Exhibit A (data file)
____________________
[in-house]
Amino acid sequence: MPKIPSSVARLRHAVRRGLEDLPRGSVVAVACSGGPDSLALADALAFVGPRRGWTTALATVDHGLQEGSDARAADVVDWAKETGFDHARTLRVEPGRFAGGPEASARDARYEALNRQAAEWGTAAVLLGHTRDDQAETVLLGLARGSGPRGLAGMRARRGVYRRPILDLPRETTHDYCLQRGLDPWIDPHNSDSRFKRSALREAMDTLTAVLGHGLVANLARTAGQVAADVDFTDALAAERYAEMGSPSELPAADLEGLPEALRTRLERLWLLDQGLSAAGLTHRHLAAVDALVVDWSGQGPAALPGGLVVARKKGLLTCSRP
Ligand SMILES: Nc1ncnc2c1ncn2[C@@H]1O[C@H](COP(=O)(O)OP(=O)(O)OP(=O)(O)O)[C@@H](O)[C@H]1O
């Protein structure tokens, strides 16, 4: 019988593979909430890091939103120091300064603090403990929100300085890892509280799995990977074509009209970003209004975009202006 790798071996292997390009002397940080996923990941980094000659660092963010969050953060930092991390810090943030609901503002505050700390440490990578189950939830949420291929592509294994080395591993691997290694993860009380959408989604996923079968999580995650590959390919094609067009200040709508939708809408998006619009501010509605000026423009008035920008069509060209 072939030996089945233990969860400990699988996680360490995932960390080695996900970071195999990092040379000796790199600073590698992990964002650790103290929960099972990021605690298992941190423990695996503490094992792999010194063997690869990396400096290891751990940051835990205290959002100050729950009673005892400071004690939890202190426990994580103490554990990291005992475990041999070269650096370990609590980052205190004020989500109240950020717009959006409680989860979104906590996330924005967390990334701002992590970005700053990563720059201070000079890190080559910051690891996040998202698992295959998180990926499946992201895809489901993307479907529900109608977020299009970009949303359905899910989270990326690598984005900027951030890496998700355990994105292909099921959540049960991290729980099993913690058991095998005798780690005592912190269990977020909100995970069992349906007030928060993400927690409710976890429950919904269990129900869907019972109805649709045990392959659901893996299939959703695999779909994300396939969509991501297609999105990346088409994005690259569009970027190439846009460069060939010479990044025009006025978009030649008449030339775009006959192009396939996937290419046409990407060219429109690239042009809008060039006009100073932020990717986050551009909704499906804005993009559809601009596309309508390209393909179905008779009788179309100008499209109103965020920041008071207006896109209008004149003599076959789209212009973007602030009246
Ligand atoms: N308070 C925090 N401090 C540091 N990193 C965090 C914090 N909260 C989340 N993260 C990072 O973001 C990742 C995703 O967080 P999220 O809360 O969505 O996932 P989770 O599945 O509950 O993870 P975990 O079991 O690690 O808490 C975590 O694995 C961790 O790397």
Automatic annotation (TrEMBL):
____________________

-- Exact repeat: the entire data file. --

[in-house]
Amino acid sequence: MPKIPSSVARLRHAVRRGLEDLPRGSVVAVACSGGPDSLALADALAFVGPRRGWTTALATVDHGLQEGSDARAADVVDWAKETGFDHARTLRVEPGRFAGGPEASARDARYEALNRQAAEWGTAAVLLGHTRDDQAETVLLGLARGSGPRGLAGMRARRGVYRRPILDLPRETTHDYCLQRGLDPWIDPHNSDSRFKRSALREAMDTLTAVLGHGLVANLARTAGQVAADVDFTDALAAERYAEMGSPSELPAADLEGLPEALRTRLERLWLLDQGLSAAGLTHRHLAAVDALVVDWSGQGPAALPGGLVVARKKGLLTCSRP
Ligand SMILES: Nc1ncnc2c1ncn2[C@@H]1O[C@H](COP(=O)(O)OP(=O)(O)OP(=O)(O)O)[C@@H](O)[C@H]1O
């Protein structure tokens, strides 16, 4: 019988593979909430890091939103120091300064603090403990929100300085890892509280799995990977074509009209970003209004975009202006 790798071996292997390009002397940080996923990941980094000659660092963010969050953060930092991390810090943030609901503002505050700390440490990578189950939830949420291929592509294994080395591993691997290694993860009380959408989604996923079968999580995650590959390919094609067009200040709508939708809408998006619009501010509605000026423009008035920008069509060209 072939030996089945233990969860400990699988996680360490995932960390080695996900970071195999990092040379000796790199600073590698992990964002650790103290929960099972990021605690298992941190423990695996503490094992792999010194063997690869990396400096290891751990940051835990205290959002100050729950009673005892400071004690939890202190426990994580103490554990990291005992475990041999070269650096370990609590980052205190004020989500109240950020717009959006409680989860979104906590996330924005967390990334701002992590970005700053990563720059201070000079890190080559910051690891996040998202698992295959998180990926499946992201895809489901993307479907529900109608977020299009970009949303359905899910989270990326690598984005900027951030890496998700355990994105292909099921959540049960991290729980099993913690058991095998005798780690005592912190269990977020909100995970069992349906007030928060993400927690409710976890429950919904269990129900869907019972109805649709045990392959659901893996299939959703695999779909994300396939969509991501297609999105990346088409994005690259569009970027190439846009460069060939010479990044025009006025978009030649008449030339775009006959192009396939996937290419046409990407060219429109690239042009809008060039006009100073932020990717986050551009909704499906804005993009559809601009596309309508390209393909179905008779009788179309100008499209109103965020920041008071207006896109209008004149003599076959789209212009973007602030009246
Ligand atoms: N308070 C925090 N401090 C540091 N990193 C965090 C914090 N909260 C989340 N993260 C990072 O973001 C990742 C995703 O967080 P999220 O809360 O969505 O996932 P989770 O599945 O509950 O993870 P975990 O079991 O690690 O808490 C975590 O694995 C961790 O790397």
Automatic annotation (TrEMBL):